The figure of this animal with the club in his paw suggested a hint to a publican in the place of treating his ale-house with a new sign, and as he had been in the service of a noble family, who from antient time have borne the Bear and ragged staff for their crest, he gave me a commission to provide him with a sign to that effect: though I spared no pains to get a real bear to sit to ine for his portrait, my endeavours proved abortive, and I was forced to resort to such common prints of that animal as I could obtain, and trusted to my imagination for supplying what else might be wanted for the piece : as I worked upon this capital design in the room where my grandmother's portrait was before my eyes, it occurred to me to introduce the same hair-mole into the whiskers of Bruin, which I had so successfully copied from her chin, and certainly the thought was a happy one, for it had a picturesque effect; but in doing this I was naturally enough, though undesignedly, betrayed into giving such a general resemblance to the good dame in the rest of Bruin's features, that when it came to be exhibited on the signpost all the people cried out upon the likeness, and a malicious rumour ran through the town, that I had painted my grandmother instead of the bear; which lost me the favour of that indulgent relation, though Heaven knows I was as innocent of the intention as the child unborn.
The disgust my grandmother conceived against
her likeness with the ragged staff, gave me incredible uneasiness, and as she was a good customer to the landlord, and much respected in the place, he was induced to return the hear upon my hands. now thinking to what use I can turn him, and as it occurs to me, that by throwing a little more authority into his features, and gilding his chain, he might very possibly hit the likeness of some lord mayor of London in his fur-gown and gold chain, and make a respectable figure in some city hall, I am willing to dispose of him to any such at an easy price.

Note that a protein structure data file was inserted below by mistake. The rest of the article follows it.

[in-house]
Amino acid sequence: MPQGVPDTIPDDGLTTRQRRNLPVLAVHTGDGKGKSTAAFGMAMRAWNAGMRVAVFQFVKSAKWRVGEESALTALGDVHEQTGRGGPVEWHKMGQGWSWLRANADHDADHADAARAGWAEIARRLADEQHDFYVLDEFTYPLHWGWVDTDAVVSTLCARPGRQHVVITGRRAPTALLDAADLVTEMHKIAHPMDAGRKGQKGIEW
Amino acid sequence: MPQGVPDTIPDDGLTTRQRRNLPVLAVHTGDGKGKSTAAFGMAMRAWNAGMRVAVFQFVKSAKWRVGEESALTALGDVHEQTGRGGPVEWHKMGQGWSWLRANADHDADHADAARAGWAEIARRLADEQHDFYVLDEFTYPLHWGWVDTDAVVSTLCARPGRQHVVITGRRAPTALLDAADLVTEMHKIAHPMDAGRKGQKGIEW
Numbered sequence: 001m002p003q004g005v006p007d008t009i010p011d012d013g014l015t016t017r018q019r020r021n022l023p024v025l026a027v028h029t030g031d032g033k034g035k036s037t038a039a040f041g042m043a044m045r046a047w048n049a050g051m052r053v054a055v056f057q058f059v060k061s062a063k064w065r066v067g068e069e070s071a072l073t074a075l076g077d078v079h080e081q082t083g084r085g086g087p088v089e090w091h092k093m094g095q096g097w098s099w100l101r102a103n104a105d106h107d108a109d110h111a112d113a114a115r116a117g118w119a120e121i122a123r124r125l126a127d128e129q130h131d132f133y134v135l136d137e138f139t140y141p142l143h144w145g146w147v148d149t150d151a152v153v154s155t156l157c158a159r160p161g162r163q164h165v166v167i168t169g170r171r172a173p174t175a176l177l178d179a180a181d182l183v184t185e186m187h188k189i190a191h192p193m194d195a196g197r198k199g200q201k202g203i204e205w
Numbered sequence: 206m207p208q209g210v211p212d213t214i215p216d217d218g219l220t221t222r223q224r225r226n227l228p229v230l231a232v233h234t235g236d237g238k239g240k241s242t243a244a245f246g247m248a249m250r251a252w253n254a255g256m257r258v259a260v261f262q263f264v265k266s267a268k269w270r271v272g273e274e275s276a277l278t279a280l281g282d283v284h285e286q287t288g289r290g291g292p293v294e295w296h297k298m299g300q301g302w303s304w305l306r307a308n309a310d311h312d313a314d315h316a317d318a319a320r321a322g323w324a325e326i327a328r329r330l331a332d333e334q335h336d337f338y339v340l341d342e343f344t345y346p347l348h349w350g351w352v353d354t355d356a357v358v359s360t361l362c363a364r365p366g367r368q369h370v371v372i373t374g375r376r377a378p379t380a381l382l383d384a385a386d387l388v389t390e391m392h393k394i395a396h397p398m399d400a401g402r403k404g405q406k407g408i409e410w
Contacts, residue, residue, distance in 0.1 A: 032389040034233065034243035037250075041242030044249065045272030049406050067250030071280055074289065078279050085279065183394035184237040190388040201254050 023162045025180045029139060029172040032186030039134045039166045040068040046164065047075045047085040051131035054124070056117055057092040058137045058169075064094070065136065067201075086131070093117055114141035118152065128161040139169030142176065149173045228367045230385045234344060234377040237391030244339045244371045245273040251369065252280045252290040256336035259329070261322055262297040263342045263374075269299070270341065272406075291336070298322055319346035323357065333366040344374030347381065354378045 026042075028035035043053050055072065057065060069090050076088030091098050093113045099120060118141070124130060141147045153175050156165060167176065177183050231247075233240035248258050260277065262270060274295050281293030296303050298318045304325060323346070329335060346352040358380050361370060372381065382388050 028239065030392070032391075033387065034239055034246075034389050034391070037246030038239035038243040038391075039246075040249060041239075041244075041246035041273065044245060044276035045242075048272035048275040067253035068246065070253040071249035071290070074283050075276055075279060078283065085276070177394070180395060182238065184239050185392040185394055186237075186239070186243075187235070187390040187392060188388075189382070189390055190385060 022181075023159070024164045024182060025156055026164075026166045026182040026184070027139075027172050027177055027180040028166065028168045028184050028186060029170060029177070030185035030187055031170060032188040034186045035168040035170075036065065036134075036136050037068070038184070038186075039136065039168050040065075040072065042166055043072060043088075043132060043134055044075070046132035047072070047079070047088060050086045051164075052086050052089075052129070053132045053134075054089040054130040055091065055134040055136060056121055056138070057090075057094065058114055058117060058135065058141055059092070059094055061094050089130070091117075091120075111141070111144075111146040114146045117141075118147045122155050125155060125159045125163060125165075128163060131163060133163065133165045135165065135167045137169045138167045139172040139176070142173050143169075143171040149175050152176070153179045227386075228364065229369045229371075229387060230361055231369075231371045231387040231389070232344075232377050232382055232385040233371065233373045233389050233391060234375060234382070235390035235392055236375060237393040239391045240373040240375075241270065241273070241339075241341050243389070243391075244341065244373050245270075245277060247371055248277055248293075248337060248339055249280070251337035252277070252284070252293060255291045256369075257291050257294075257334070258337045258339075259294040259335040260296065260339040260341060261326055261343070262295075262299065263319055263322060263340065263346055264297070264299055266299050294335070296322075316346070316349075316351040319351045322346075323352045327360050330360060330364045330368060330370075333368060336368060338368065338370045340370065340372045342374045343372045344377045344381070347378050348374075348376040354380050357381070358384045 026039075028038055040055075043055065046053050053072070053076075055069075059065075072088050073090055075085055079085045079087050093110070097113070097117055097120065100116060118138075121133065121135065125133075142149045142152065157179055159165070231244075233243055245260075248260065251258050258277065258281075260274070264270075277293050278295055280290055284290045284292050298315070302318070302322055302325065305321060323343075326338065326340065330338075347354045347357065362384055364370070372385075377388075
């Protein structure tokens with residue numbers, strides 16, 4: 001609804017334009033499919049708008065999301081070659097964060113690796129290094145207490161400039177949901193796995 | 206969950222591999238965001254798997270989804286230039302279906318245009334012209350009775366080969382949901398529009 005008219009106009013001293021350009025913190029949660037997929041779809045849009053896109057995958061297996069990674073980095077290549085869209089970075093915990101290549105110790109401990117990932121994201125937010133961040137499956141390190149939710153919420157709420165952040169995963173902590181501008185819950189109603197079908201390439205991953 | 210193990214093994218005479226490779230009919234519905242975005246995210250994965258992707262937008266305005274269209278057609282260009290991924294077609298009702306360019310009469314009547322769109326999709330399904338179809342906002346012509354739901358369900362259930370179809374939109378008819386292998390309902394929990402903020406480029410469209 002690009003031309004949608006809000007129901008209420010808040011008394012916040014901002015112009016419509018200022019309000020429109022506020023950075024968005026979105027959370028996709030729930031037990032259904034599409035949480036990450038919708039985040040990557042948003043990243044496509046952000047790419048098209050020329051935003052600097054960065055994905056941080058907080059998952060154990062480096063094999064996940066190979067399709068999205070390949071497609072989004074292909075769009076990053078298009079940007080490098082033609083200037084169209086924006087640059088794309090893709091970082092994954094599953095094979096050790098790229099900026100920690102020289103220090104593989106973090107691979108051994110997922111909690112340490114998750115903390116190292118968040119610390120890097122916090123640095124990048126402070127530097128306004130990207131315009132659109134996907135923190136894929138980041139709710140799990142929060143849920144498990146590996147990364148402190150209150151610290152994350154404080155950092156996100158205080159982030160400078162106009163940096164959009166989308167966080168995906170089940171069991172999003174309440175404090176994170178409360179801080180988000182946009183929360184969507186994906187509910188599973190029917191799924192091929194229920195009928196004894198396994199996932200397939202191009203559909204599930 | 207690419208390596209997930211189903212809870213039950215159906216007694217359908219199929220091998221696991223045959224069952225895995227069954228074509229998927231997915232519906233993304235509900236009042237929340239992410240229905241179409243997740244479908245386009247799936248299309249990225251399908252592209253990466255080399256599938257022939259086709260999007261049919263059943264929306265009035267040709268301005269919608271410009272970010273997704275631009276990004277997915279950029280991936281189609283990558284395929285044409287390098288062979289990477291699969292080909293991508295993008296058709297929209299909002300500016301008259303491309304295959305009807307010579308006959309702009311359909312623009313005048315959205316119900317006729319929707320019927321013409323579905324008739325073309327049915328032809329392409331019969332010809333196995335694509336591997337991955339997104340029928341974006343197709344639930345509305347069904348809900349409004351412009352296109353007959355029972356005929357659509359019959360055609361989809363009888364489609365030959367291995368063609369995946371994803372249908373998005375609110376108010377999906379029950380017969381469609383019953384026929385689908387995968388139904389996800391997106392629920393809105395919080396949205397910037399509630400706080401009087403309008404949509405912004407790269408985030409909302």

As I have also preserved a sketch of my famous Ourong-Outong, a thought has struck me, that with a few finishing touches he might easily be converted into a Caliban for the Tempest, and, when that is done, I shall not totally despair of his obtaining a niche in the Shakspeare gallery.
It has been common with the great masters, Rubens, Vandyke, Sir Joshua Reynolds and others, when they paint a warrior, or other great personage, on horseback, to throw a dwarf, or some such contrasted figure, into the back ground: should any artist be in want of such a thing, I can very readily supply him with my hair-lipped boy; if otherwise, I am not totally without hopes that he may suit some Spanish grandee, when any such shall visit this country upon his travels, or in the character of ambassador from that illustrious court.